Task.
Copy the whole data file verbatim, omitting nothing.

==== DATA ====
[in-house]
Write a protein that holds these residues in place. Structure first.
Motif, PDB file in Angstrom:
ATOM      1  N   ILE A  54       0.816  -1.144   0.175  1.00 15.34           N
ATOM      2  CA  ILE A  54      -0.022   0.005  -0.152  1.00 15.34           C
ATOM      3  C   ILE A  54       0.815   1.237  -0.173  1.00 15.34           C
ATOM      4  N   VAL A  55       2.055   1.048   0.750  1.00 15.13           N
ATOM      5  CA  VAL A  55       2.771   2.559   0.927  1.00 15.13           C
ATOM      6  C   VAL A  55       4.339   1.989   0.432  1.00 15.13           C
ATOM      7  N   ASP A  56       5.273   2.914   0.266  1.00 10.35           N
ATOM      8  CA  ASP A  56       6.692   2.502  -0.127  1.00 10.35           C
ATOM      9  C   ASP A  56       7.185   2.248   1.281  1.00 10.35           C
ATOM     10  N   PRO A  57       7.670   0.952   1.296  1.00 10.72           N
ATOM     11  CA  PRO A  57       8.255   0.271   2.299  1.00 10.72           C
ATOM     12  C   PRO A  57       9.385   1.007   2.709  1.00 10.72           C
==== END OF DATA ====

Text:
[in-house]
Write a protein that holds these residues in place. Structure first.
Motif, PDB file in Angstrom:
ATOM      1  N   ILE A  54       0.816  -1.144   0.175  1.00 15.34           N
ATOM      2  CA  ILE A  54      -0.022   0.005  -0.152  1.00 15.34           C
ATOM      3  C   ILE A  54       0.815   1.237  -0.173  1.00 15.34           C
ATOM      4  N   VAL A  55       2.055   1.048   0.750  1.00 15.13           N
ATOM      5  CA  VAL A  55       2.771   2.559   0.927  1.00 15.13           C
ATOM      6  C   VAL A  55       4.339   1.989   0.432  1.00 15.13           C
ATOM      7  N   ASP A  56       5.273   2.914   0.266  1.00 10.35           N
ATOM      8  CA  ASP A  56       6.692   2.502  -0.127  1.00 10.35           C
ATOM      9  C   ASP A  56       7.185   2.248   1.281  1.00 10.35           C
ATOM     10  N   PRO A  57       7.670   0.952   1.296  1.00 10.72           N
ATOM     11  CA  PRO A  57       8.255   0.271   2.299  1.00 10.72           C
ATOM     12  C   PRO A  57       9.385   1.007   2.709  1.00 10.72           C